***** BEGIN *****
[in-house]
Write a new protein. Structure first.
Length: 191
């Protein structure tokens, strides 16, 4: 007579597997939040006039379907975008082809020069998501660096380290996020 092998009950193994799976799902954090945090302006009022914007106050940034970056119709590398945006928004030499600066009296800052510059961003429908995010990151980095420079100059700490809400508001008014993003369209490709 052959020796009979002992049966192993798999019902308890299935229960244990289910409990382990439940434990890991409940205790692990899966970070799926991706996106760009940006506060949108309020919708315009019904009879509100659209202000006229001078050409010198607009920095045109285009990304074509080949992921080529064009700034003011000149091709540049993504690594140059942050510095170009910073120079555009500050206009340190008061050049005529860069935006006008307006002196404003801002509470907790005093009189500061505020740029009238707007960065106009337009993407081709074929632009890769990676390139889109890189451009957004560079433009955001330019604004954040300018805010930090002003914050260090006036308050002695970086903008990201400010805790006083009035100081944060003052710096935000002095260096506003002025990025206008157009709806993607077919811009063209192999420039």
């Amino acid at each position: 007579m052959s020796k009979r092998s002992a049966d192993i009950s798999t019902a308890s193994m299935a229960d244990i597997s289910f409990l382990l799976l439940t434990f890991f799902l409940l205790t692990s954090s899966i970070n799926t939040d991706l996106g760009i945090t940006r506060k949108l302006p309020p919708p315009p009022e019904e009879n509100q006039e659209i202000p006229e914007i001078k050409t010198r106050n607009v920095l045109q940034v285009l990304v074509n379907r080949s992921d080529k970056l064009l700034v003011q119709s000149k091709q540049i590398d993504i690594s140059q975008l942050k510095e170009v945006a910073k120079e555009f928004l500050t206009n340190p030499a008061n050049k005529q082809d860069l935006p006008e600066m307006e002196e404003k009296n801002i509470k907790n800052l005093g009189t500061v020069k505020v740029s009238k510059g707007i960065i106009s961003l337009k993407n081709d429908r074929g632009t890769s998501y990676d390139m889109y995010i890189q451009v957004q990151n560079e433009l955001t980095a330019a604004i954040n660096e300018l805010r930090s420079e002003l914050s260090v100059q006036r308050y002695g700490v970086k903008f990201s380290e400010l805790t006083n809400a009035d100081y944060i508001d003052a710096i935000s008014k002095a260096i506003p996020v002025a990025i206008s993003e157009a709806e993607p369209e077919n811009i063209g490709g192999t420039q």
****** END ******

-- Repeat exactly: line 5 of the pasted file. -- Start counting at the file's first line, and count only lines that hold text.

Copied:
């Amino acid at each position: 007579m052959s020796k009979r092998s002992a049966d192993i009950s798999t019902a308890s193994m299935a229960d244990i597997s289910f409990l382990l799976l439940t434990f890991f799902l409940l205790t692990s954090s899966i970070n799926t939040d991706l996106g760009i945090t940006r506060k949108l302006p309020p919708p315009p009022e019904e009879n509100q006039e659209i202000p006229e914007i001078k050409t010198r106050n607009v920095l045109q940034v285009l990304v074509n379907r080949s992921d080529k970056l064009l700034v003011q119709s000149k091709q540049i590398d993504i690594s140059q975008l942050k510095e170009v945006a910073k120079e555009f928004l500050t206009n340190p030499a008061n050049k005529q082809d860069l935006p006008e600066m307006e002196e404003k009296n801002i509470k907790n800052l005093g009189t500061v020069k505020v740029s009238k510059g707007i960065i106009s961003l337009k993407n081709d429908r074929g632009t890769s998501y990676d390139m889109y995010i890189q451009v957004q990151n560079e433009l955001t980095a330019a604004i954040n660096e300018l805010r930090s420079e002003l914050s260090v100059q006036r308050y002695g700490v970086k903008f990201s380290e400010l805790t006083n809400a009035d100081y944060i508001d003052a710096i935000s008014k002095a260096i506003p996020v002025a990025i206008s993003e157009a709806e993607p369209e077919n811009i063209g490709g192999t420039q």